Fraser says they’ve “been a lot more selective about how we interact during the period when we’re all online. Those few hours are precious, so you have to use them wisely. Simultaneously, building a coherent company structure is essential. People need to know who to contact when they need information or resources.”
Async communication aims to help teams communicate better. Still, it usually requires leadership, planning, and practice to help teams see the value of working asynchronously. We asked our panel of B2B SaaS leaders how they’ve developed specific practices around using async comms to help with how their teams collaborate.
1. Provide additional details
“Working across time zones can be challenging,” says Frasier. “There’s a crossover period where everyone is working, and we use this to touch base through video calls. We’ve found clear timeframes are the most crucial aspect of asynchronous work. But it’s also about clarifying when the work was requested. We created ‘request sheets’ so people could share project requests with the date requested, the deadline and any additional details to help the recipient work without requiring any additional details. The last thing you want is to be working to a deadline, only to realise you need more information from someone who won’t be online until the deadline has passed.”
2. Asked team to default to async
“We've introduced a few best practices for our team to use in order to work effectively asynchronously,” explains Marc. “We've asked our teams to default to asynchronous and think extremely hard before scheduling any meetings. We've built a ton of new templates for Asana which are intended to capture all of the information required for projects that we tackle. These templates help common questions get answered asynchronously, reducing the need for synchronous communication. We've adopted several new tools to help us work effectively asynchronously. One stand-out is Figma, which allows us to do design review and feedback independently”
3. Have fewer synchronous meetings
Josh Little, CEO of Volley, says they “now only have one synchronous meeting per week. Turns out there are still a few things that are better done synchronously. For everything else, we use Volley. We’ve even used it for hiring and I’ve never felt like I knew a candidate better before they started because we chat a bit every day.”
How managers can leverage async communication to promote team effectiveness
Finally, we wanted to learn how these executives and team leaders think remote managers can leverage asynchronous communication to promote team effectiveness:
1. See conversations as culture
“Your conversations are your culture,” says John. “Leaders lead in conversation with their team (meetings, calls, popping in, etc). We’ve embraced the idea we’re calling “continuous leadership” where conversations, such as a 1-on-1 (typically scheduled) are ongoing and on-demand. Asynchronous also solves the individualized instruction challenge. Leaders in meeting with their teams often can’t give specific direction or coaching to an individual because it would cost group time. Volley allows leaders to give continuous feedback and unblock their time while going for a lunch walk.”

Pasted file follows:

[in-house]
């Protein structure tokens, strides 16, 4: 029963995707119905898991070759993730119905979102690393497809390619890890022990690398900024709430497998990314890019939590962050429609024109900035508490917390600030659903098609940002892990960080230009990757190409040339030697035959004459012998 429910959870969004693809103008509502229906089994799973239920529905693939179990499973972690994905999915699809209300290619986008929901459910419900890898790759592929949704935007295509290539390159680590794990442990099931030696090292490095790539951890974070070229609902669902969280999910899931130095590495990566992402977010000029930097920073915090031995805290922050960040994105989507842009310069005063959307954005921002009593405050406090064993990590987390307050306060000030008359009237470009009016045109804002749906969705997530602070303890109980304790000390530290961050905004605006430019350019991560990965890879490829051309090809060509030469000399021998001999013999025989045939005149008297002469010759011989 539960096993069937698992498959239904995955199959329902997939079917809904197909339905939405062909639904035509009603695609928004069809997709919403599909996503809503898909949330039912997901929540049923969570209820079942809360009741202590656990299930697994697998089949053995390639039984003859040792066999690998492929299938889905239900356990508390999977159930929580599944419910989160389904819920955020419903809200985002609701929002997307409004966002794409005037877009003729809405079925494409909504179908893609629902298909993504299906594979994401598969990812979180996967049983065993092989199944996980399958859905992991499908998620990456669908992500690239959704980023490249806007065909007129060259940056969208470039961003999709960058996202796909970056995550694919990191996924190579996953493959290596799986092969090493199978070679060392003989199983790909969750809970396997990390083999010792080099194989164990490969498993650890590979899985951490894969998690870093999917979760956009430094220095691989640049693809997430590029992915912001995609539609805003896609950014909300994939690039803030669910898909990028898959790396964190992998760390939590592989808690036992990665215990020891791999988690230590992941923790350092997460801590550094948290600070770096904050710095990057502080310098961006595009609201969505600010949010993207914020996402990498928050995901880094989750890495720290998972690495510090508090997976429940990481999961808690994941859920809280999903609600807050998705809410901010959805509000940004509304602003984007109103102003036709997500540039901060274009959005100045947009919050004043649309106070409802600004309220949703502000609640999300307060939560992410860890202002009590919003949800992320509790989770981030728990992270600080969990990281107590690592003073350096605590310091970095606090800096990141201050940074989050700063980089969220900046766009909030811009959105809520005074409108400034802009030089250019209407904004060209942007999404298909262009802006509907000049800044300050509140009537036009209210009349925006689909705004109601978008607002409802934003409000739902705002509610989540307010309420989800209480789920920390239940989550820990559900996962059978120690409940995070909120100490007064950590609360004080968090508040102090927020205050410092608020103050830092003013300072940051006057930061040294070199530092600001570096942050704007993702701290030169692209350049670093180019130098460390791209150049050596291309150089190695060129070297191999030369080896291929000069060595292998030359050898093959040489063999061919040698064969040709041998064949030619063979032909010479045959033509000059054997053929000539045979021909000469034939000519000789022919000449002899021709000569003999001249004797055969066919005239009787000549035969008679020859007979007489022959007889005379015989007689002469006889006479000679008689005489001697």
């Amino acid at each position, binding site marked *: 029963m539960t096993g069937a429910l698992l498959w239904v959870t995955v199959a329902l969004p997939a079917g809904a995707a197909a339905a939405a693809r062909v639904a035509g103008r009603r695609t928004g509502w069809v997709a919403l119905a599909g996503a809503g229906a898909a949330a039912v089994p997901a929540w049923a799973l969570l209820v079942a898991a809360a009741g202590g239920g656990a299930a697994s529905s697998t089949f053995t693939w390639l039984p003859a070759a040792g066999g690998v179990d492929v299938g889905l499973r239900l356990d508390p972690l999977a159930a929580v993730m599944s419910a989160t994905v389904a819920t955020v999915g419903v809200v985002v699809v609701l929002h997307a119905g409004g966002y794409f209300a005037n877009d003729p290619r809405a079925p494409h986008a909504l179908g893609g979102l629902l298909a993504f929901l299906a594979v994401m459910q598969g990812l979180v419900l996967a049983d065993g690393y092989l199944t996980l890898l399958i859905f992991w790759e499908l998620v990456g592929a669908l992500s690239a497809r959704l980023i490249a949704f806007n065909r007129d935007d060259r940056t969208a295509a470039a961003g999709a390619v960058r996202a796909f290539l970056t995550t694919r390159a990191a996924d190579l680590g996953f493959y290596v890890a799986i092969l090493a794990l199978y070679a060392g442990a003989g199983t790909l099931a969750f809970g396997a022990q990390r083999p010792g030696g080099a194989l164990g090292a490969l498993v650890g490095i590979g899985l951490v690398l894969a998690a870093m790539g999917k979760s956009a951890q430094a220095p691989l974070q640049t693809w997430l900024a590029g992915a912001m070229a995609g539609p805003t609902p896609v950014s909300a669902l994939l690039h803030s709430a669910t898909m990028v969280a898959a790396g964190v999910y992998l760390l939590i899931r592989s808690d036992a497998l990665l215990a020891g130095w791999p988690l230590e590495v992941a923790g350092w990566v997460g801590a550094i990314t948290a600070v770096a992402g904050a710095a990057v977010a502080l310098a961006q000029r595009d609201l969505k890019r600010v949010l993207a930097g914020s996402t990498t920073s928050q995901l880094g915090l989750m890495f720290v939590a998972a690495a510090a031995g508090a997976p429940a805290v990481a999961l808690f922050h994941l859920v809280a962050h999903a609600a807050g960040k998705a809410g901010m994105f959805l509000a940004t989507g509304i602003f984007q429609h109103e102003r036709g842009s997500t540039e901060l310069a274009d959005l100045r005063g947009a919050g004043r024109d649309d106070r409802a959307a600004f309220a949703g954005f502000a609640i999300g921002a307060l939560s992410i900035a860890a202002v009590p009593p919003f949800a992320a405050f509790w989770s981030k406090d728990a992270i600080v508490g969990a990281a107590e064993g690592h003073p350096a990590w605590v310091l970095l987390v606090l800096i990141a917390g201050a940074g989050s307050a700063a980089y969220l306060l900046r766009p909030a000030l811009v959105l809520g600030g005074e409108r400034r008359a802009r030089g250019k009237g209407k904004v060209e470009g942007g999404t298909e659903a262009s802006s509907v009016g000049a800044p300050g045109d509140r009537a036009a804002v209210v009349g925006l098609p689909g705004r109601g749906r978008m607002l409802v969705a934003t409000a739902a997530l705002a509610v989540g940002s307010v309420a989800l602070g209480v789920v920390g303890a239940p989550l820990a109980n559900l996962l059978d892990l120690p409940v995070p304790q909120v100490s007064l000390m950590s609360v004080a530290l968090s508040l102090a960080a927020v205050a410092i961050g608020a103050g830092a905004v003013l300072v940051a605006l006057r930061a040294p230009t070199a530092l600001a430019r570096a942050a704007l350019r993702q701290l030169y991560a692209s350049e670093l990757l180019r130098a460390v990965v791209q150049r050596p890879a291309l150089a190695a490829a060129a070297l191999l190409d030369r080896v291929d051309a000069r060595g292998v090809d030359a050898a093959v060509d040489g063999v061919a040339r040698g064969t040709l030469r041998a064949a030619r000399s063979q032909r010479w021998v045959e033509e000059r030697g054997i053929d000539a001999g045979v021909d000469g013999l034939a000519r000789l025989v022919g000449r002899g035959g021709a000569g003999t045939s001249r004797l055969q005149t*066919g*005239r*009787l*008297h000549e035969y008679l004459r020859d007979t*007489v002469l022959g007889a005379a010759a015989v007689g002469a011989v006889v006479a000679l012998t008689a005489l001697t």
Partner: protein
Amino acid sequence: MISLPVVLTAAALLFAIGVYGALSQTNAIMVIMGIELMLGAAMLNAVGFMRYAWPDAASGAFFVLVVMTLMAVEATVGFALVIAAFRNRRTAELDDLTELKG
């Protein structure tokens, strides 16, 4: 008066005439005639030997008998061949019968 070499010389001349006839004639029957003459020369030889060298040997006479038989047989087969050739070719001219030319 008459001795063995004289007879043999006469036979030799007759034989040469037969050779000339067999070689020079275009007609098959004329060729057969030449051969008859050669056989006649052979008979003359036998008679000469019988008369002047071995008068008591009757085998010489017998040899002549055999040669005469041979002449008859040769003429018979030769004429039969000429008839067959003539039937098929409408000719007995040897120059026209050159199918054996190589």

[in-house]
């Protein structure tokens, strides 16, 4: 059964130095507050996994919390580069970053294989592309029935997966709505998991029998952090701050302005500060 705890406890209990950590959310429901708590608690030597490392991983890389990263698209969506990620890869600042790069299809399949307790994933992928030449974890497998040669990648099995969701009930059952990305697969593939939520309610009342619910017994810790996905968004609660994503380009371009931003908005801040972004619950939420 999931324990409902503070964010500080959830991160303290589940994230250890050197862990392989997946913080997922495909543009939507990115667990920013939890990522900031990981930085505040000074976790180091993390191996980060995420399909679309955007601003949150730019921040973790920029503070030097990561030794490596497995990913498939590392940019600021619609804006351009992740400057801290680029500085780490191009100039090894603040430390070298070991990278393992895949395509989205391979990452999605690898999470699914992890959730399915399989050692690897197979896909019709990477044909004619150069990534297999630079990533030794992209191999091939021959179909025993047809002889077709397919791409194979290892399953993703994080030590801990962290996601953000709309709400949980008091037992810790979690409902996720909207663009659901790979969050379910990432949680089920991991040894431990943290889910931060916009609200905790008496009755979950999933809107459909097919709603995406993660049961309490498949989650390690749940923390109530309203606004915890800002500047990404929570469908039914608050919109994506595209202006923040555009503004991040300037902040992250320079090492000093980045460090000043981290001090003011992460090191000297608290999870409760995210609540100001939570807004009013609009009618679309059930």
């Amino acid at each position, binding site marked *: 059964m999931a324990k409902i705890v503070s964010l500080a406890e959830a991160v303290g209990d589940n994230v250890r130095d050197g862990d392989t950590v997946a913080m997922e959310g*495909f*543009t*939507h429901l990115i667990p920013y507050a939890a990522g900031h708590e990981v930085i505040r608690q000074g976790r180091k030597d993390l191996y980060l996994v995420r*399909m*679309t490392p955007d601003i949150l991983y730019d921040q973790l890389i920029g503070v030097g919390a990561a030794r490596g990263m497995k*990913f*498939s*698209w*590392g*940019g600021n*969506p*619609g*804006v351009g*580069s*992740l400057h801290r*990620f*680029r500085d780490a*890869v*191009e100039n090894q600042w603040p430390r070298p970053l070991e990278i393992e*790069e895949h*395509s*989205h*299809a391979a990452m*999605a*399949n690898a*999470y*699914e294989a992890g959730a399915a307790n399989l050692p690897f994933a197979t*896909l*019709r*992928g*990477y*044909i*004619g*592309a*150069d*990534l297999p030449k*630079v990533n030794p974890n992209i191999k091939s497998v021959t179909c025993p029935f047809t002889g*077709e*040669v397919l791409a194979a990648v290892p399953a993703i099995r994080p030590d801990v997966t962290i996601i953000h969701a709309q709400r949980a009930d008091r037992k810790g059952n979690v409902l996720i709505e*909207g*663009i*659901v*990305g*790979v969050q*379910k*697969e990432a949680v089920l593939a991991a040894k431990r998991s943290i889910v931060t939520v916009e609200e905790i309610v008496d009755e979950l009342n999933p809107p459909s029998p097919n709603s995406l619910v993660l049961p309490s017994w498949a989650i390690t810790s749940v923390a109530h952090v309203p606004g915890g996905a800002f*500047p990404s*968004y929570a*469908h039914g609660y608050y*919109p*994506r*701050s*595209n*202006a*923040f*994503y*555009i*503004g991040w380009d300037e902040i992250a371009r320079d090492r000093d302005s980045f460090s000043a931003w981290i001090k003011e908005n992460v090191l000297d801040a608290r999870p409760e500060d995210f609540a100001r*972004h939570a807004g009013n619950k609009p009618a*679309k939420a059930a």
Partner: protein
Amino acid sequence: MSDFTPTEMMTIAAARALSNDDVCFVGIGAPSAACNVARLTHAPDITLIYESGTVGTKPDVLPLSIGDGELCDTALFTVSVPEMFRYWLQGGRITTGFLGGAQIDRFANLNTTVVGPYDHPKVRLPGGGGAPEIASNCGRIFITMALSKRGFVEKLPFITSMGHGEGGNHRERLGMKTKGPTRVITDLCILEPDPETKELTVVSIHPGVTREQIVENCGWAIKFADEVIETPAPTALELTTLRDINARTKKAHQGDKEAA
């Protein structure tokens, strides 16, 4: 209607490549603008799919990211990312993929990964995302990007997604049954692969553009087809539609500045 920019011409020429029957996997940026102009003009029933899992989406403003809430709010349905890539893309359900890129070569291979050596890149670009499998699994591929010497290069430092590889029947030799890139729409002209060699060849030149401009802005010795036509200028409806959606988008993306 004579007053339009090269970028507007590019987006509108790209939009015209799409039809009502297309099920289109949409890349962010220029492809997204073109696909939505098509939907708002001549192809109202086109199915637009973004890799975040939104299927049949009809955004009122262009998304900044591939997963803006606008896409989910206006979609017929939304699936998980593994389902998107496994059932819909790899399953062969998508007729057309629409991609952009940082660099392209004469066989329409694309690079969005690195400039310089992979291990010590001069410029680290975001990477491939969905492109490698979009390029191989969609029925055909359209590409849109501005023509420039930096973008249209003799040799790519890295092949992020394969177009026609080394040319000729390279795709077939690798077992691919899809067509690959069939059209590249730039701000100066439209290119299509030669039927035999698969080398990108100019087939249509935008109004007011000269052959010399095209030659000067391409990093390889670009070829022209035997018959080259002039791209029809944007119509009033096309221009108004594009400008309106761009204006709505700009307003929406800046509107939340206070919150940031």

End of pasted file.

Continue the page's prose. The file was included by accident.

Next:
2. Balance trust, transparency, and tools
Fraser says “it’s about striking the balance between collaboration and independence, and that involves trust, transparency and (robust digital) tools. If you don’t trust that your team will be able to complete their side of the project, you won’t get far. Likewise, if you don’t communicate with clear guidelines, timeframes and deadlines, you’ll never be able to cohesively manage your projects.”
3. Democratize decision-making
“I think managers can wield asynchronous work to drive productivity,” says Marc. “Research suggests that most people don't actually contribute in meetings, and that meetings interrupt their focus time, making it more difficult for them to complete tasks day-to-day. By defaulting to asynchronous work, you can reduce the number of meetings to eliminate those blockers to productivity.
In general, asynchronous work lends itself better to many of the new realities of work, including flexible schedules and remote work environments. By giving people the ability to access the information they need when and where they need it, you democratize decision-making and empower your team to excel independently.”
4. Trust your team
“I think a lot has to do with trusting your team,” explains Ronak. “In an office, it's easy to have an overview and "manage" teams, but this gets quite suffocating for teams that work on their own terms and time. When going remote/async managers may feel like their team would be lazing away without constantly checking in and micromanaging tasks, but that is very counterproductive."
"I think it's important for managers to set periodic goals (weekly, monthly, quarterly) and incorporate a sprint mentality (even in commercial teams) to encourage the team to understand their goals. With clearly defined executables and team trust, it's invigorating to see teams want to execute on them. But always have constant check-ins so teams aren't siloed out, just make sure those check-ins have different purposes and are structured to keep managers and teams on the same page.”
Organizations that embrace asynchronous communication are better poised to meet the requirements of the new world of work. If you’d like to move toward async work or make your async communication more effective, try using Range Check-ins to run async standups.
And for more on gettng remote work right, check out 5 Ways to Improve Remote Collaboration on Your Team.